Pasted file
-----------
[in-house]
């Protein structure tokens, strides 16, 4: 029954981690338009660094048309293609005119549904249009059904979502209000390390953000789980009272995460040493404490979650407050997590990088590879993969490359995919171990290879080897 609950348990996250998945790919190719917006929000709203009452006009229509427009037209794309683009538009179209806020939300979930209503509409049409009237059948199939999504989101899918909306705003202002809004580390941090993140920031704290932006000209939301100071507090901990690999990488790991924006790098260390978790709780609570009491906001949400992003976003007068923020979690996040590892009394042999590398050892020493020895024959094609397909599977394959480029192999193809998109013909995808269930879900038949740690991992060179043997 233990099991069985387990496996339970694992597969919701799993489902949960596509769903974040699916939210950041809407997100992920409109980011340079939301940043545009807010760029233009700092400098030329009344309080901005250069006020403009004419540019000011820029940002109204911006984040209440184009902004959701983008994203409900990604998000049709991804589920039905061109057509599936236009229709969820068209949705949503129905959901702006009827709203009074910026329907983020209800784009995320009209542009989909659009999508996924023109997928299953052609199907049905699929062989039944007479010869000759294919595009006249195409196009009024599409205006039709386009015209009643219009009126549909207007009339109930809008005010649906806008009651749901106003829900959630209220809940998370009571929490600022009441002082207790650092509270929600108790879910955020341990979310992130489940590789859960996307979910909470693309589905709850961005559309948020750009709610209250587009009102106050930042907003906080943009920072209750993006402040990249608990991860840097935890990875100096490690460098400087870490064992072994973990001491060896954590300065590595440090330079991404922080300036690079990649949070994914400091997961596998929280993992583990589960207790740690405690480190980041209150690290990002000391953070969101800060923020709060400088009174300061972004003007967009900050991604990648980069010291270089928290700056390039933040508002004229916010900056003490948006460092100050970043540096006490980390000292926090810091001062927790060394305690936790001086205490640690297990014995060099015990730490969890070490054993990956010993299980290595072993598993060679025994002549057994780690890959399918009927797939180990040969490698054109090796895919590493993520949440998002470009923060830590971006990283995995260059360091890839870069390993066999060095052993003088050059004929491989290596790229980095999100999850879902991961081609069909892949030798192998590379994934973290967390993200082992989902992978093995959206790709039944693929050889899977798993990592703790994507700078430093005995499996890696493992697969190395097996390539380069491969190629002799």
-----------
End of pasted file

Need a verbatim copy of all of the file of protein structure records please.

[in-house]
């Protein structure tokens, strides 16, 4: 029954981690338009660094048309293609005119549904249009059904979502209000390390953000789980009272995460040493404490979650407050997590990088590879993969490359995919171990290879080897 609950348990996250998945790919190719917006929000709203009452006009229509427009037209794309683009538009179209806020939300979930209503509409049409009237059948199939999504989101899918909306705003202002809004580390941090993140920031704290932006000209939301100071507090901990690999990488790991924006790098260390978790709780609570009491906001949400992003976003007068923020979690996040590892009394042999590398050892020493020895024959094609397909599977394959480029192999193809998109013909995808269930879900038949740690991992060179043997 233990099991069985387990496996339970694992597969919701799993489902949960596509769903974040699916939210950041809407997100992920409109980011340079939301940043545009807010760029233009700092400098030329009344309080901005250069006020403009004419540019000011820029940002109204911006984040209440184009902004959701983008994203409900990604998000049709991804589920039905061109057509599936236009229709969820068209949705949503129905959901702006009827709203009074910026329907983020209800784009995320009209542009989909659009999508996924023109997928299953052609199907049905699929062989039944007479010869000759294919595009006249195409196009009024599409205006039709386009015209009643219009009126549909207007009339109930809008005010649906806008009651749901106003829900959630209220809940998370009571929490600022009441002082207790650092509270929600108790879910955020341990979310992130489940590789859960996307979910909470693309589905709850961005559309948020750009709610209250587009009102106050930042907003906080943009920072209750993006402040990249608990991860840097935890990875100096490690460098400087870490064992072994973990001491060896954590300065590595440090330079991404922080300036690079990649949070994914400091997961596998929280993992583990589960207790740690405690480190980041209150690290990002000391953070969101800060923020709060400088009174300061972004003007967009900050991604990648980069010291270089928290700056390039933040508002004229916010900056003490948006460092100050970043540096006490980390000292926090810091001062927790060394305690936790001086205490640690297990014995060099015990730490969890070490054993990956010993299980290595072993598993060679025994002549057994780690890959399918009927797939180990040969490698054109090796895919590493993520949440998002470009923060830590971006990283995995260059360091890839870069390993066999060095052993003088050059004929491989290596790229980095999100999850879902991961081609069909892949030798192998590379994934973290967390993200082992989902992978093995959206790709039944693929050889899977798993990592703790994507700078430093005995499996890696493992697969190395097996390539380069491969190629002799």